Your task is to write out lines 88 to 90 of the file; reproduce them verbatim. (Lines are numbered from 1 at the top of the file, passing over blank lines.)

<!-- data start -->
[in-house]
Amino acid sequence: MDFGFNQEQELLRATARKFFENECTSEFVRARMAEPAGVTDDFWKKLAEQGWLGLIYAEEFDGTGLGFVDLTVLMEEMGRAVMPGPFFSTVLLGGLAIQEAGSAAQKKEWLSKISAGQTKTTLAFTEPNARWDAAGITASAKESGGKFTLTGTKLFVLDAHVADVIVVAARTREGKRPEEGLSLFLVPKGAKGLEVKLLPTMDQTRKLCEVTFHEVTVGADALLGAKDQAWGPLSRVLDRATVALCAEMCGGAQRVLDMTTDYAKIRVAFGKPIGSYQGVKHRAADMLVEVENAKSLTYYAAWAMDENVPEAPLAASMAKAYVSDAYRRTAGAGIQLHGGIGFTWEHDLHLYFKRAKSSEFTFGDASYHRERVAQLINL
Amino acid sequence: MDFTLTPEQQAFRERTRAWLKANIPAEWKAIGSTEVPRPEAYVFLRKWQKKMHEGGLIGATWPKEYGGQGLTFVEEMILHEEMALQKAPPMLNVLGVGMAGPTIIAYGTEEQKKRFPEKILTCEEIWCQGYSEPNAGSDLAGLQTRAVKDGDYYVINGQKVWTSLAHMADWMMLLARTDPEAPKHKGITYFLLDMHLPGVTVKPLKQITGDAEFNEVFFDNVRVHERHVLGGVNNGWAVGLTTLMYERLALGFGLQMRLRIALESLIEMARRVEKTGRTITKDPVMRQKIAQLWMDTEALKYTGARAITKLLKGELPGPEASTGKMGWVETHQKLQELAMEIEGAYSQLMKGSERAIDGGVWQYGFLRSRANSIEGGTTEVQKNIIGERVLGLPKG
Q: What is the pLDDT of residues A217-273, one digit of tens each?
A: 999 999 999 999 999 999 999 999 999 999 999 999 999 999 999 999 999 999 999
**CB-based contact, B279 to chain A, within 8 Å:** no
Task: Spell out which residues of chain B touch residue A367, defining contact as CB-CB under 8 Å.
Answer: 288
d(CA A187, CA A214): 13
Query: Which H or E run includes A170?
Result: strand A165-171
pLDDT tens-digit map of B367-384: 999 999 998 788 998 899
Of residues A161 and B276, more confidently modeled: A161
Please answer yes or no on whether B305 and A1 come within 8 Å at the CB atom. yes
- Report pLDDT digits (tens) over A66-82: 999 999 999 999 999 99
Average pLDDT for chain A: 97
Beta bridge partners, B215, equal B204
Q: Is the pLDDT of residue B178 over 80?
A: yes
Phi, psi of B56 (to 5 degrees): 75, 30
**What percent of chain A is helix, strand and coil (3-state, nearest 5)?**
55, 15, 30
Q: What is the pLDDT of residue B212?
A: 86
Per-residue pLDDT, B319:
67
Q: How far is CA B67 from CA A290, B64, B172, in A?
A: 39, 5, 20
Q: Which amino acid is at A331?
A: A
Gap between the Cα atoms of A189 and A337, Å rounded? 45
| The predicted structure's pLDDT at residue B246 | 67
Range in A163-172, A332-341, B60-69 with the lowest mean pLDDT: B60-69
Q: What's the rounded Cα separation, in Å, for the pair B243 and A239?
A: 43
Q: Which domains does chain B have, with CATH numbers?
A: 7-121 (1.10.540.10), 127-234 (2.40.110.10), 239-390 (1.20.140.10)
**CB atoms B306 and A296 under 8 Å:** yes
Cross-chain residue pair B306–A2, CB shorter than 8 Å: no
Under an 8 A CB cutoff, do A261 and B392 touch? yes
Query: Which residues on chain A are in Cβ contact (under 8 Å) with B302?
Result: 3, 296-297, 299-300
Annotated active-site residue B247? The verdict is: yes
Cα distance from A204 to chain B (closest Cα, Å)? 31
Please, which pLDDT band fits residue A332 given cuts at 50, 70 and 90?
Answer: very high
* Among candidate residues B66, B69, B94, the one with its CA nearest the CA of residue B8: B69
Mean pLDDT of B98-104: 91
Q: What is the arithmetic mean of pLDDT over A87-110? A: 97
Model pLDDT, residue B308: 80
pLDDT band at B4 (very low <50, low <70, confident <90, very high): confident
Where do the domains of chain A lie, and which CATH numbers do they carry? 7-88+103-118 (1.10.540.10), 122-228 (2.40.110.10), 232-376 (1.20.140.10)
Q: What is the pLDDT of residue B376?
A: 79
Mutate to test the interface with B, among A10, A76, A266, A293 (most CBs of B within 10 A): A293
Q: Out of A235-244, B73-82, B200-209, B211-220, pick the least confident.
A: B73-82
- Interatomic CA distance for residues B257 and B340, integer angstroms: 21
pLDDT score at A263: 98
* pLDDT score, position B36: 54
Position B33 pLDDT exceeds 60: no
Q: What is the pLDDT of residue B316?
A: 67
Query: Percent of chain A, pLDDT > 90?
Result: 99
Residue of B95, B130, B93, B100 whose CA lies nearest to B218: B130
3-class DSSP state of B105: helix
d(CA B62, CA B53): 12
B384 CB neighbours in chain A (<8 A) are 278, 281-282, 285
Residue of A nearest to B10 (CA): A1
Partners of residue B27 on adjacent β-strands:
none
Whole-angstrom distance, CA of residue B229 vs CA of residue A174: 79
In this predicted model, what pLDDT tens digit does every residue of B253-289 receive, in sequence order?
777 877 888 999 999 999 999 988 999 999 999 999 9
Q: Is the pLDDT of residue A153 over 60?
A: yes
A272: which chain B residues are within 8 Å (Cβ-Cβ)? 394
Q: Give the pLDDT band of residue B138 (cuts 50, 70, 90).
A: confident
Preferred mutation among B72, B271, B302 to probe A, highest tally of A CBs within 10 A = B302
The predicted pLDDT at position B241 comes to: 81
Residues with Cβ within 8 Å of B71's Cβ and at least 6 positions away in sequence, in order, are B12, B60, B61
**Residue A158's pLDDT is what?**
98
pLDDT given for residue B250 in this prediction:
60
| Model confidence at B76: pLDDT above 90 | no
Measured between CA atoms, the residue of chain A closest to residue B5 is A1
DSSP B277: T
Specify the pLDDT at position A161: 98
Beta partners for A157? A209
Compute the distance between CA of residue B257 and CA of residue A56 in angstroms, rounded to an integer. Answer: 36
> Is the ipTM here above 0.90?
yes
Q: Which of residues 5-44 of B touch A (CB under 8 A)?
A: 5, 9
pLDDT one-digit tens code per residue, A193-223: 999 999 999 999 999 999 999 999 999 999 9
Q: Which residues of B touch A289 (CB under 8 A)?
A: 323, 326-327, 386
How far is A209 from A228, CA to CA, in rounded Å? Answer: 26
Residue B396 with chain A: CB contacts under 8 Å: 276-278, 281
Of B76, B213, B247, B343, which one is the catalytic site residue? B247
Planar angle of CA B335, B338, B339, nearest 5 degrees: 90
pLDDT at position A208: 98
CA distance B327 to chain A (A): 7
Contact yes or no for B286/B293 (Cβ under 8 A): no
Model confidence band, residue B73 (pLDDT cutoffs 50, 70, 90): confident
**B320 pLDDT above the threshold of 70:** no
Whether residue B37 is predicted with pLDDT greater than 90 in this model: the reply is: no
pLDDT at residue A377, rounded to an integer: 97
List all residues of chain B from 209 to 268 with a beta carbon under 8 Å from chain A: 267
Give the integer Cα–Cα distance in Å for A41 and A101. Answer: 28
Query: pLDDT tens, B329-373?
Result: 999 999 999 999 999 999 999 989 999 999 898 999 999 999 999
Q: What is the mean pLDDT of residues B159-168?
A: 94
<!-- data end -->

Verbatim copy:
| Model confidence at B76: pLDDT above 90 | no
Measured between CA atoms, the residue of chain A closest to residue B5 is A1
DSSP B277: T